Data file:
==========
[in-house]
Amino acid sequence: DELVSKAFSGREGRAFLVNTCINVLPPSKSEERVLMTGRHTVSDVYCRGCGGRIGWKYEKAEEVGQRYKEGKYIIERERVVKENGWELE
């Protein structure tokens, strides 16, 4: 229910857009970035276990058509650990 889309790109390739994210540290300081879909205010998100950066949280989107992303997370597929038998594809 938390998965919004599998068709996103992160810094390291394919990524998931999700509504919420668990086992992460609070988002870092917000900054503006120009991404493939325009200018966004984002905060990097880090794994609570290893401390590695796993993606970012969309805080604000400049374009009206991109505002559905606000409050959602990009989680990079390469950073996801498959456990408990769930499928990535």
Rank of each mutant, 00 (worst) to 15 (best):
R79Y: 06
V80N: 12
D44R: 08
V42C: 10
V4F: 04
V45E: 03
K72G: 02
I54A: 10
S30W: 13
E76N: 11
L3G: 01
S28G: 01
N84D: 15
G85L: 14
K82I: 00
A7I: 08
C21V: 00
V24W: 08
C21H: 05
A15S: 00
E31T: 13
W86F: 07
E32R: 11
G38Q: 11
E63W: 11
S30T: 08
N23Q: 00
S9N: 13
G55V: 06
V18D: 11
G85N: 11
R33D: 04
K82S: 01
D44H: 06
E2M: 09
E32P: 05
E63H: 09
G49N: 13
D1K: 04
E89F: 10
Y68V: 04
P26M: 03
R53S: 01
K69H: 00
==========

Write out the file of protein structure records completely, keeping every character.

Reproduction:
[in-house]
Amino acid sequence: DELVSKAFSGREGRAFLVNTCINVLPPSKSEERVLMTGRHTVSDVYCRGCGGRIGWKYEKAEEVGQRYKEGKYIIERERVVKENGWELE
């Protein structure tokens, strides 16, 4: 229910857009970035276990058509650990 889309790109390739994210540290300081879909205010998100950066949280989107992303997370597929038998594809 938390998965919004599998068709996103992160810094390291394919990524998931999700509504919420668990086992992460609070988002870092917000900054503006120009991404493939325009200018966004984002905060990097880090794994609570290893401390590695796993993606970012969309805080604000400049374009009206991109505002559905606000409050959602990009989680990079390469950073996801498959456990408990769930499928990535």
Rank of each mutant, 00 (worst) to 15 (best):
R79Y: 06
V80N: 12
D44R: 08
V42C: 10
V4F: 04
V45E: 03
K72G: 02
I54A: 10
S30W: 13
E76N: 11
L3G: 01
S28G: 01
N84D: 15
G85L: 14
K82I: 00
A7I: 08
C21V: 00
V24W: 08
C21H: 05
A15S: 00
E31T: 13
W86F: 07
E32R: 11
G38Q: 11
E63W: 11
S30T: 08
N23Q: 00
S9N: 13
G55V: 06
V18D: 11
G85N: 11
R33D: 04
K82S: 01
D44H: 06
E2M: 09
E32P: 05
E63H: 09
G49N: 13
D1K: 04
E89F: 10
Y68V: 04
P26M: 03
R53S: 01
K69H: 00